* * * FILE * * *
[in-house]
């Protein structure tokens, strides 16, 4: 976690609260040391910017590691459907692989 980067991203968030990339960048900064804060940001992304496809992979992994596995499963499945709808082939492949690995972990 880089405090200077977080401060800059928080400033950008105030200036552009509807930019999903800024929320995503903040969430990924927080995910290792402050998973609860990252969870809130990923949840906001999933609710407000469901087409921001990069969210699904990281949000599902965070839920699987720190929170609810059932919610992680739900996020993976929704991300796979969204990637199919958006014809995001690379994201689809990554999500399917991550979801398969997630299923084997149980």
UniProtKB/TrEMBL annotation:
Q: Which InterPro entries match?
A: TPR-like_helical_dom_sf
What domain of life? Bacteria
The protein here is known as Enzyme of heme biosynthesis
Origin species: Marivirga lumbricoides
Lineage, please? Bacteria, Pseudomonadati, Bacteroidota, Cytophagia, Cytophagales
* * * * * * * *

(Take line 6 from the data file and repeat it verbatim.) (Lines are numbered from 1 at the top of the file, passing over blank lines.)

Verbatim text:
What domain of life? Bacteria